Cleaning and Sanitation of Food Contact Surfaces

Achyut Adhikari, Gupta, Priyanka, Aryal, Jyoti, Lituma, Ivannova

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Cleaning and Sanitation of Food Contact Surfaces

Pathogens can survive on food contact surfaces, such as countertops, worktables, refrigerators, freezers, mixers, slicers, containers, utensils, knives and cutting boards. Even the slightest contact with unsanitary surfaces can contaminate food and cause foodborne illnesses. Food contact surfaces should be cleaned and sanitized regularly to avoid contamination of food and prevent foodborne illnesses.

Cleaning is the process of removing visible dirt, soil, food particles and grease from surfaces. The cleaning process may not completely remove microorganisms from the surface.

Sanitation is the process of reducing the number of microorganisms on the surface to a level that is considered safe according to public health standards. Sanitation must be done after cleaning because most sanitizers are not effective on surfaces that are not clean.

Four steps to cleaning and sanitation

1. Scrape

  • Scrape off visible dirt particles from the surface using appropriate tools, such as scrapers, brushes, cloth towels, dusters and washers.
  • Avoid splashing and blowing particles from one surface to another as it may cause cross-contamination.

2. Wash

  • Apply detergent in a quantity recommended on the product label and scrub the surface to remove debris.
  • Use a detergent that is appropriate for the purpose.

3. Rinse

  • Rinse with clean water to remove the detergent and suspended debris until all are removed.
  • Use water that has no detectable generic E. coli per 100 ml (about 3.38 ounces) of water.
  • Check crevices and joints to ensure they are free of debris and detergents.
  • Avoid using high-pressure washes as they may cause splashing from one surface to another.
  • Determine whether the washing step should be performed again.

4. Sanitize

  • Sanitize using either hot water (at least 170 F) or chemical sanitizer.
  • For chemical sanitation, use approved sanitizer at appropriate concentration and temperature as specified by the manufacturer.
  • Use test strips to determine the concentration of sanitizing solutions. A solution that is too concentrated could be unsafe and a solution that is less concentrated is not effective.
  • Apply sanitizer on the surface for the time specified by the manufacturer.
  • Rinsing may be necessary after applying the sanitizer. Follow manufacturer’s instructions.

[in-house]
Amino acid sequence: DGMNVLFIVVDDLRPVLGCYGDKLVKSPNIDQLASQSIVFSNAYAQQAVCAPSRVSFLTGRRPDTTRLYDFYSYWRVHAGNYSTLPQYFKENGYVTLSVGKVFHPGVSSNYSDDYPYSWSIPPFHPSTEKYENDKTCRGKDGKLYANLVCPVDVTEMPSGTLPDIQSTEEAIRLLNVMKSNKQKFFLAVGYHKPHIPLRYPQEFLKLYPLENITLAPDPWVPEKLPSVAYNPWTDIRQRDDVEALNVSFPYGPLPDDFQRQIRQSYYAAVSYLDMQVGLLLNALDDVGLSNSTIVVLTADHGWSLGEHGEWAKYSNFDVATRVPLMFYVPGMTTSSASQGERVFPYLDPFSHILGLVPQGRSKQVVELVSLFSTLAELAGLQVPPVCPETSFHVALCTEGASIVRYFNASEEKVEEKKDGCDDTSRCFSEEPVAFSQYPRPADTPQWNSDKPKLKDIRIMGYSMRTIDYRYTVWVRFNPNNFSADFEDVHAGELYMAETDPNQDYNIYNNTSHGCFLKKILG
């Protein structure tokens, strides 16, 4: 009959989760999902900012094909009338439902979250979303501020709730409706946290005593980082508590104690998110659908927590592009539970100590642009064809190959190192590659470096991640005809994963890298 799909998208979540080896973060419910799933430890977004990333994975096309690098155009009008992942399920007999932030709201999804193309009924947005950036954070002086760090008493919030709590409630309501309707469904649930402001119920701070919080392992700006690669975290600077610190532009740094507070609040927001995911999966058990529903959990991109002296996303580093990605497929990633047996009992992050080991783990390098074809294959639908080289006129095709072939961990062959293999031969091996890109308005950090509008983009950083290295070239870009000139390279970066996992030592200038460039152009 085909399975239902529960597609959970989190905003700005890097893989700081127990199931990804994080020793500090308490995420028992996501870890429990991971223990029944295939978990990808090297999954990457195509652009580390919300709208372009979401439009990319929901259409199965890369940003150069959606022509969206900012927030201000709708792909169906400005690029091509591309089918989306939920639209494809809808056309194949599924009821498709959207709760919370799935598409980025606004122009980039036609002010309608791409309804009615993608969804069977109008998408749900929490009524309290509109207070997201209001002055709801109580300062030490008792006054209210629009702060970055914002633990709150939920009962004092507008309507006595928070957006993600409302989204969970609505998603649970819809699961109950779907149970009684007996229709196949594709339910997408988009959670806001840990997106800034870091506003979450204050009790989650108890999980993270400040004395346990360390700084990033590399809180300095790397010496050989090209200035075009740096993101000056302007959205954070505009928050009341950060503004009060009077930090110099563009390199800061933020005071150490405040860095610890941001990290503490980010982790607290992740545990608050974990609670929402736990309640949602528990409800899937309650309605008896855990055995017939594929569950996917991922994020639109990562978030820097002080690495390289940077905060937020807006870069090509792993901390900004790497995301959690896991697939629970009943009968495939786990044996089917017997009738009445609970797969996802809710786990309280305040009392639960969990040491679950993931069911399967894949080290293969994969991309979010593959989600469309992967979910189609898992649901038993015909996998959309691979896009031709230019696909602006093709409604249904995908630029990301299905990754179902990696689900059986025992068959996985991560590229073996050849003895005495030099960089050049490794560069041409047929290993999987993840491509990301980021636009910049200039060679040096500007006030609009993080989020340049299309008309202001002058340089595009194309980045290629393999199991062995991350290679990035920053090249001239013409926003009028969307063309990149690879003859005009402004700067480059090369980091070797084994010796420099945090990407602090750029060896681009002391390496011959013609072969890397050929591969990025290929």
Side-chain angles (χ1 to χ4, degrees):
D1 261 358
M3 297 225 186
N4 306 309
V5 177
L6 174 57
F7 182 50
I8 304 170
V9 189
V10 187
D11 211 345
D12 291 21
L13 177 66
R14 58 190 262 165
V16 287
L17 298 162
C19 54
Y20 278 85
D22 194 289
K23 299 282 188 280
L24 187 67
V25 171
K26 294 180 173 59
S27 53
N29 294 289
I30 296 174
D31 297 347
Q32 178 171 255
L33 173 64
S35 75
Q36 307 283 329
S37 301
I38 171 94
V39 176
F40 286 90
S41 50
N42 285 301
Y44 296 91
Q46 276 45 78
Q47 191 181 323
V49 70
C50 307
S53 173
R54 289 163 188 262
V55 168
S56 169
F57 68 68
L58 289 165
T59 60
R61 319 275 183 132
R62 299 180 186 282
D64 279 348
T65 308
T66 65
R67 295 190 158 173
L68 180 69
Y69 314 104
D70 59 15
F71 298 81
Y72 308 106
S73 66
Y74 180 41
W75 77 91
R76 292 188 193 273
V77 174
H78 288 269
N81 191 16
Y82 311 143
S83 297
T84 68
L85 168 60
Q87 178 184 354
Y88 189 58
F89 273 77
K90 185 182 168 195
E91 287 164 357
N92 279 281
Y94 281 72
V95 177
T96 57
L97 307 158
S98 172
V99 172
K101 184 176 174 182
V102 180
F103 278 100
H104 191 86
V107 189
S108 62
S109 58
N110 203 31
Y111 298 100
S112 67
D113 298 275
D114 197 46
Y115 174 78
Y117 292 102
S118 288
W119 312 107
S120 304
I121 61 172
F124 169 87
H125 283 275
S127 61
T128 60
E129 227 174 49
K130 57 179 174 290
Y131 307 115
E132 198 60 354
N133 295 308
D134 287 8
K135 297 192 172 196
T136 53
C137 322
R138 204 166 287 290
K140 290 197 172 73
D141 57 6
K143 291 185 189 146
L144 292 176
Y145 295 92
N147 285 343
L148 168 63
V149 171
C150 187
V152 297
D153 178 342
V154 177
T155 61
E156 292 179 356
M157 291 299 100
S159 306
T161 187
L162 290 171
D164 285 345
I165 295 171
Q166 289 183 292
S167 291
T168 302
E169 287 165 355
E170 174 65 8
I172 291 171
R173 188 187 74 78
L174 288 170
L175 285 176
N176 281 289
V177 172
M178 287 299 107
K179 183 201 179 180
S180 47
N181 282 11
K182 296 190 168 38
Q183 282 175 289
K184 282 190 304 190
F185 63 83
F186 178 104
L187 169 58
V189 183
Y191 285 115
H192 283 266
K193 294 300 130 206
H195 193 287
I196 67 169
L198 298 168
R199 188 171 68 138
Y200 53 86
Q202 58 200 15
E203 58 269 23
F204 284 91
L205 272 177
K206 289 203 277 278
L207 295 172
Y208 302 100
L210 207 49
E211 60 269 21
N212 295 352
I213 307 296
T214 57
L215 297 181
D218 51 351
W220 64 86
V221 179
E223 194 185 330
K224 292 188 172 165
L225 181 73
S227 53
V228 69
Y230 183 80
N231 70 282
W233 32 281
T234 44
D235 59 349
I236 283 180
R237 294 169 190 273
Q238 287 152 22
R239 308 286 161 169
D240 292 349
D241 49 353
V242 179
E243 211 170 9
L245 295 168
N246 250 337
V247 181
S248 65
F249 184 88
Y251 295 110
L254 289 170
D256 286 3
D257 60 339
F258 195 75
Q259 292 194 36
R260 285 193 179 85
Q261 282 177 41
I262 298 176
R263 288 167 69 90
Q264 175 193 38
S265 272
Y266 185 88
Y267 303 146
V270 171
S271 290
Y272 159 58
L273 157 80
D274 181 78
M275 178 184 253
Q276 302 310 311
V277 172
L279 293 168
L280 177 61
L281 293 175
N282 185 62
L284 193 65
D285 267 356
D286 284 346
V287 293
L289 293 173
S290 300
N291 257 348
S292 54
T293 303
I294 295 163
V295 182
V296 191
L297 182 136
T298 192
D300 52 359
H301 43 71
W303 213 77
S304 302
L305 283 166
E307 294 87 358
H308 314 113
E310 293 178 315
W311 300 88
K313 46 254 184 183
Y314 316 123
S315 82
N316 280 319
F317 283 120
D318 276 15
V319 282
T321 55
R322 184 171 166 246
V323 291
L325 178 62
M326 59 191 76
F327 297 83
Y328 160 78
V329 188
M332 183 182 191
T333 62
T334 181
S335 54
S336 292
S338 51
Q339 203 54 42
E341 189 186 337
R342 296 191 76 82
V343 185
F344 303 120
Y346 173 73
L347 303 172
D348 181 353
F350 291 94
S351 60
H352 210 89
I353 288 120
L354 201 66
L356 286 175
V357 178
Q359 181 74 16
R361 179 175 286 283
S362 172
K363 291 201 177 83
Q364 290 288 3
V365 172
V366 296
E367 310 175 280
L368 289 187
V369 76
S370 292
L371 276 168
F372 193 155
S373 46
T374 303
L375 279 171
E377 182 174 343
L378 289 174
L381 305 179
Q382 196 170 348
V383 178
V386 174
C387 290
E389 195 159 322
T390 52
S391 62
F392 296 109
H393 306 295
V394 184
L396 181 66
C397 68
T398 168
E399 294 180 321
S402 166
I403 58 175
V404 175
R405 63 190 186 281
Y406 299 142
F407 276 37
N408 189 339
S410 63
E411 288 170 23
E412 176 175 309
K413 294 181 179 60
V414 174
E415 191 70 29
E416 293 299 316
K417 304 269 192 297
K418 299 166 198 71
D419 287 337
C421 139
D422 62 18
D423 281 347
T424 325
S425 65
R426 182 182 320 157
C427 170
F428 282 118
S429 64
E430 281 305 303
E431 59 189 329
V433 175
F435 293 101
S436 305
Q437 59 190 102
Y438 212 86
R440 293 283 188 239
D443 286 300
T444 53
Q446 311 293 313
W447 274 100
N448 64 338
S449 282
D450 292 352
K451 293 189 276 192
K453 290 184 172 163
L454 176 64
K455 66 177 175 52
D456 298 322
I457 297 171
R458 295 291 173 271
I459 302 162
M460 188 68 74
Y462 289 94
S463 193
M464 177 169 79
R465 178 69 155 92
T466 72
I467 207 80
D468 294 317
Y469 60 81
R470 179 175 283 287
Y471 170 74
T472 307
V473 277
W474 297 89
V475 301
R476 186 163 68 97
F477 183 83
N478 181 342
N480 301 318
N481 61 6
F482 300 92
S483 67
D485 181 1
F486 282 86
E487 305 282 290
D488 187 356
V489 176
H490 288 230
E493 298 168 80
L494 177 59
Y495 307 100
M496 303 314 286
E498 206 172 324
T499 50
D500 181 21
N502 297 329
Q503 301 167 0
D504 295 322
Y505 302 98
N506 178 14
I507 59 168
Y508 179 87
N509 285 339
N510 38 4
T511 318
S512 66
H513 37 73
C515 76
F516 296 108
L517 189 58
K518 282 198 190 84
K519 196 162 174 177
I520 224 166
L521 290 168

• Allow the surface to air dry thoroughly.
  • Do not use towels for drying as they may recontaminate the surface.

Illlustration of the four steps to cleaning and sanitizing food contact surfaces. 1. Scrape off visible dirt particles. 2. Apply detergent and scrub the surface. 3. Rinse the surface with clean watter. 4. Apply sanitizer as specified by the manufacturer. Let the surface dry.

Food contact surfaces should be cleaned and sanitized regularly, including:

  • Before and after each use.
  • When switching from one food to another.
  • Between handling known allergens.
  • After taking breaks.
  • After four hours of constant use.
  • When contamination is suspected.

Choosing the right sanitizer

Several approved food contact surface sanitizers are available on the market with active ingredients such as chlorine dioxide, hypochlorite, peroxyacetic acid and quaternary ammonium. See the table below to review different chemical compounds used in sanitizers, as well as their advantages and disadvantages.

Chemical compounds Concentration and contact time Advantages Disadvantages
Chlorine dioxide 50 ppm at 75-100 F for 7 seconds.
  • ClO2 is a strong oxidizer effective against a wide range of pathogenic microorganisms (bactericidal, sporicidal, fungicidal, virucidal).
  • ClO2 shows uniform antimicrobial activity at a wide pH range (<pH 10).
  • ClO2 has been found to be effective in the presence of organic matter and against biofilms.
  • ClO2 gas is unstable and can be explosive if the concentration in air reaches 10% or more.
  • Acute exposure to ClO2 may cause skin and eye irritation.
Hypochlorite 200 ppm
  • Sodium hypochlorite (NaClO2), also called liquid bleach or bleach, is affordable and commonly used.